Spent Rs. 2.5 lakh
In what was a first for India and possibly the world, Shaikh Subhani, the municipal commissioner (MC) of Salur in Andhra Pradesh celebrated his daughter’s wedding in a beautified dumpsite in May this year. The wedding was attended by over 1000 family and friends as well as some VIPs says Subhani’s son-in-law Mohammad Rauuoof.
“Weddings in India are usually a costly and lavish affair. Being professionals, one couldn’t imagine we’d hold our marriage in this way,” he says.
Subhani took over as Salur’s MC in March 2011, and got the choked waste site cleaned up within 40 days. The decision to hold the wedding in the dumpsite was inspired, by another IAS officer Janardhan Reddy who held his regional meeting in nearby Bobbili town’s cleaned dumpyard in July 2011. “I wanted to set an example to change mindsets and make people more eco-conscious,” he says.
Daughter Tahseen adds that similar weddings will take place in their district now.
— Shalini Singh
Proud to have such a marriage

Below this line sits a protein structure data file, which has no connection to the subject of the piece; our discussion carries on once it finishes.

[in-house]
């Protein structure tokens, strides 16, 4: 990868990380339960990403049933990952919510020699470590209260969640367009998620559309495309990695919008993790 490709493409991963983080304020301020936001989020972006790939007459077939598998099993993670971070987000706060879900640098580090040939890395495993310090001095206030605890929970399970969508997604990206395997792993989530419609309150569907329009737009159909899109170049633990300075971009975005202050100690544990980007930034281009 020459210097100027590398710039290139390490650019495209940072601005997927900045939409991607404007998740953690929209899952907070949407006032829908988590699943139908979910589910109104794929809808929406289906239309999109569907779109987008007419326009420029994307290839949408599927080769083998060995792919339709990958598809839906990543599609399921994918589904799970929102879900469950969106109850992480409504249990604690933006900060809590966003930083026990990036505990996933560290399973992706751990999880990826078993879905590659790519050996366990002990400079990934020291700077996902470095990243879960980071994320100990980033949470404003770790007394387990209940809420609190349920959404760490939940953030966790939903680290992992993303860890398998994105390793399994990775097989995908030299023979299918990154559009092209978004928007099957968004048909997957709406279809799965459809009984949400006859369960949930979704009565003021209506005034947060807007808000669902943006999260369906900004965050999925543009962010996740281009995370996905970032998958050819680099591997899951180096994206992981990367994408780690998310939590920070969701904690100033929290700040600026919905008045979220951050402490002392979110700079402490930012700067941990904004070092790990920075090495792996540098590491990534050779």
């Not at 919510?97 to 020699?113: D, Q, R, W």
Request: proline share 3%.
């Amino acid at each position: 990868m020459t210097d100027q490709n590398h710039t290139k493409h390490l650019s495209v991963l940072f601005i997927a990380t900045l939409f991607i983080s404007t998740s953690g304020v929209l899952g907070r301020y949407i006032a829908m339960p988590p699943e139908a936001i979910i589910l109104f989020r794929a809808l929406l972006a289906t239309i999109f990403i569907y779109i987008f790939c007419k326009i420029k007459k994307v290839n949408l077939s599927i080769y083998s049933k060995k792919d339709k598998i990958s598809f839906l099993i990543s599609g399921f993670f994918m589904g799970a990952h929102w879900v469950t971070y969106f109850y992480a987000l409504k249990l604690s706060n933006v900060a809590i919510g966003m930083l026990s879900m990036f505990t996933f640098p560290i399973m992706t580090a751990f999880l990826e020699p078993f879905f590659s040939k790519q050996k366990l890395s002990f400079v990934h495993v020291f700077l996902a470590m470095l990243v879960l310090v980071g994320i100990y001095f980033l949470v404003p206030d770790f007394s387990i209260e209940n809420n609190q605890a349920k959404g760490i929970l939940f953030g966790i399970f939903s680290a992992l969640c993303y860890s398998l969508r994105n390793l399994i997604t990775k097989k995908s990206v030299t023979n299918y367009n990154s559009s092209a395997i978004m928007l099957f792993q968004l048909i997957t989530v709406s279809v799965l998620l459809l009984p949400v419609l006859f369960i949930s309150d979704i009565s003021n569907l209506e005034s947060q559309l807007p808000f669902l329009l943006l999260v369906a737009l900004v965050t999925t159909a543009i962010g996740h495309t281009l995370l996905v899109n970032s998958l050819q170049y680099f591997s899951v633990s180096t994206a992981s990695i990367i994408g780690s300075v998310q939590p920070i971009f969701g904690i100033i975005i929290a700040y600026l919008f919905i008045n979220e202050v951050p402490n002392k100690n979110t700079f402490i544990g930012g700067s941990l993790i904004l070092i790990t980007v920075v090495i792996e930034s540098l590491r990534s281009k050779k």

Pooja, 27, husband Amrit Prakash, 30
Spent Rs. 36,000
Associate professor at a management college Pooja Prakash, 27, and businessman Amrit Prakash, 30, stand apart for their choice to keep their marriage a low key affair and abide with the Radhasoami faith. By not going for a lavish wedding they decided to make a statement by choosing to not go ostentatious.
Amrit Prakash says, “We were unanimous in making our wedding a low-key affair and used to share our thoughts against lavish spending in marriage.”
“My family and friends didn’t react on our simple marriage but appreciated the whole idea of the function being held in Dayalbagh.
Rs. 36,000 was the entire budget of our marriage with no exchange of gifts. Our marriage was too different from the regular ostentatious weddings as we wore simple self-made attires by Satsangis themselves and had printed simple and small size card to invite all relatives and friends," he adds.
— Himender Chaturvedi